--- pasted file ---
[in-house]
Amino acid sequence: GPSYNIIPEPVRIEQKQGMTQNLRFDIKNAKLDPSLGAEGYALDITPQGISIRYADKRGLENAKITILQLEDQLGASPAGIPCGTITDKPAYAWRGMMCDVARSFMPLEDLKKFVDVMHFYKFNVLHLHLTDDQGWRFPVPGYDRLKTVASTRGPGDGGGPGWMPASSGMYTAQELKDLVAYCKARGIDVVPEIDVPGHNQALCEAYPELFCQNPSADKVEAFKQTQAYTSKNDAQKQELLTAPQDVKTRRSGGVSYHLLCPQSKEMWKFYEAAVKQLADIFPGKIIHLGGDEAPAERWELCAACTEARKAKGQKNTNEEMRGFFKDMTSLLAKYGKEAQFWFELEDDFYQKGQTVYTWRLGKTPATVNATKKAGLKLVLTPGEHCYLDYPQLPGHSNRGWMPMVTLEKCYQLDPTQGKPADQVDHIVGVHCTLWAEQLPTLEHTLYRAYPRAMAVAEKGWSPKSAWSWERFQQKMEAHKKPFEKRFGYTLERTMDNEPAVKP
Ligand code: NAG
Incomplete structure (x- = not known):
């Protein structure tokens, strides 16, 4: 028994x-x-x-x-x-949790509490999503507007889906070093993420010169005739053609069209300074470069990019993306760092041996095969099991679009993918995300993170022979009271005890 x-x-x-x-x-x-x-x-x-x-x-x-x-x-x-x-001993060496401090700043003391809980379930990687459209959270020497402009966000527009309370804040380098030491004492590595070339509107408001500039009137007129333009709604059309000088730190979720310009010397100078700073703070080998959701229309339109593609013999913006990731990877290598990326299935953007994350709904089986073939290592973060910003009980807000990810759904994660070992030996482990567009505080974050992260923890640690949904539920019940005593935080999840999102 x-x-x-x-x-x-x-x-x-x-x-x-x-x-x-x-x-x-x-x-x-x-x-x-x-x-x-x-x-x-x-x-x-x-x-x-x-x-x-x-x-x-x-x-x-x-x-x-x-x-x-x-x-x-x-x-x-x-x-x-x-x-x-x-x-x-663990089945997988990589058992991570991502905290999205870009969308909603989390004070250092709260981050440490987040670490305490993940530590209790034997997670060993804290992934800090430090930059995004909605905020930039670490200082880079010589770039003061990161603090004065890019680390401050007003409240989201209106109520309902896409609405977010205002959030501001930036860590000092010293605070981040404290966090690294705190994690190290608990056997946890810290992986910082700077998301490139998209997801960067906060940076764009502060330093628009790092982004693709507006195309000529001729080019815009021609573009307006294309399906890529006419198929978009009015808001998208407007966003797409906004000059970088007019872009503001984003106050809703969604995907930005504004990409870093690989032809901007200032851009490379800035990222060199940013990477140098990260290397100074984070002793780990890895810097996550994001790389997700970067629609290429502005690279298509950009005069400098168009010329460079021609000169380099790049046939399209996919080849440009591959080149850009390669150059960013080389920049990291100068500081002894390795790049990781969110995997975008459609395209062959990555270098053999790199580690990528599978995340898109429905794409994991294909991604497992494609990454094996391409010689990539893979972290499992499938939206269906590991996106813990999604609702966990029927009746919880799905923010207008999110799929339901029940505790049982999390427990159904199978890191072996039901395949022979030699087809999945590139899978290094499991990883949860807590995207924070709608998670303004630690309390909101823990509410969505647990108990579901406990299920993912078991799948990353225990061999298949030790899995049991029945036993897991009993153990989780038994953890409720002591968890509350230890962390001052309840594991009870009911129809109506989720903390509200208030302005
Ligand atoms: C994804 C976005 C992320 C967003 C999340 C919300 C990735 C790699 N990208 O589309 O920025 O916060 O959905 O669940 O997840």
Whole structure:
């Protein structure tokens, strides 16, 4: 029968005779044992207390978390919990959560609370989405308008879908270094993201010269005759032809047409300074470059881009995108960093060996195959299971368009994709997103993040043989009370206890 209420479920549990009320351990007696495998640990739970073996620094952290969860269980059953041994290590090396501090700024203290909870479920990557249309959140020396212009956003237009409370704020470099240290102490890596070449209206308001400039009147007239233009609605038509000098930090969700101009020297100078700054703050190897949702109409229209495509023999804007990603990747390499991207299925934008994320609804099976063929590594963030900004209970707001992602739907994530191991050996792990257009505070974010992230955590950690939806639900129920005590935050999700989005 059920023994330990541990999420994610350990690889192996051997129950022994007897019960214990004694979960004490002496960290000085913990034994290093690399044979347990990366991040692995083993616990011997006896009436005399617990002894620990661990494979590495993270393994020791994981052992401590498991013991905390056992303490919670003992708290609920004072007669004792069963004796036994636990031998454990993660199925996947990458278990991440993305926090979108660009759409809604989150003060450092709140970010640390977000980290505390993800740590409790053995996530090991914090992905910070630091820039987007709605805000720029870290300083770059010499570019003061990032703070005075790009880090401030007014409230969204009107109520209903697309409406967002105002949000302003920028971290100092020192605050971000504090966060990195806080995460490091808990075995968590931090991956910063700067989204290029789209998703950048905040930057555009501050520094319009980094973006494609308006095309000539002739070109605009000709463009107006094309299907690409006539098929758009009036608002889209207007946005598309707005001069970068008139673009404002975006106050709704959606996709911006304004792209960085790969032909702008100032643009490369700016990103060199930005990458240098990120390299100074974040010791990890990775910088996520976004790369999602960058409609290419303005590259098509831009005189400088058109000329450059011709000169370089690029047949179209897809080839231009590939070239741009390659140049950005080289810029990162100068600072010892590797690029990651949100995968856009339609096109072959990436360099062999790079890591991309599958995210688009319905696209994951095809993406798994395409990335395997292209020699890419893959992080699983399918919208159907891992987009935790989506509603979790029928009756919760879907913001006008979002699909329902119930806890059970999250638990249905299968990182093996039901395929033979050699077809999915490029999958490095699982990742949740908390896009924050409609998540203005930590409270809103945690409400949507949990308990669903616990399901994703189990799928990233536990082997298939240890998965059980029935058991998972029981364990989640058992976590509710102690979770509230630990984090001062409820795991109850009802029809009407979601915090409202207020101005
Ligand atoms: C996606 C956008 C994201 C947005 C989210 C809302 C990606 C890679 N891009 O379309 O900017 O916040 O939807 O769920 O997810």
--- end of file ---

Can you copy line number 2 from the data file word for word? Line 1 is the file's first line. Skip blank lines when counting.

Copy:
Amino acid sequence: GPSYNIIPEPVRIEQKQGMTQNLRFDIKNAKLDPSLGAEGYALDITPQGISIRYADKRGLENAKITILQLEDQLGASPAGIPCGTITDKPAYAWRGMMCDVARSFMPLEDLKKFVDVMHFYKFNVLHLHLTDDQGWRFPVPGYDRLKTVASTRGPGDGGGPGWMPASSGMYTAQELKDLVAYCKARGIDVVPEIDVPGHNQALCEAYPELFCQNPSADKVEAFKQTQAYTSKNDAQKQELLTAPQDVKTRRSGGVSYHLLCPQSKEMWKFYEAAVKQLADIFPGKIIHLGGDEAPAERWELCAACTEARKAKGQKNTNEEMRGFFKDMTSLLAKYGKEAQFWFELEDDFYQKGQTVYTWRLGKTPATVNATKKAGLKLVLTPGEHCYLDYPQLPGHSNRGWMPMVTLEKCYQLDPTQGKPADQVDHIVGVHCTLWAEQLPTLEHTLYRAYPRAMAVAEKGWSPKSAWSWERFQQKMEAHKKPFEKRFGYTLERTMDNEPAVKP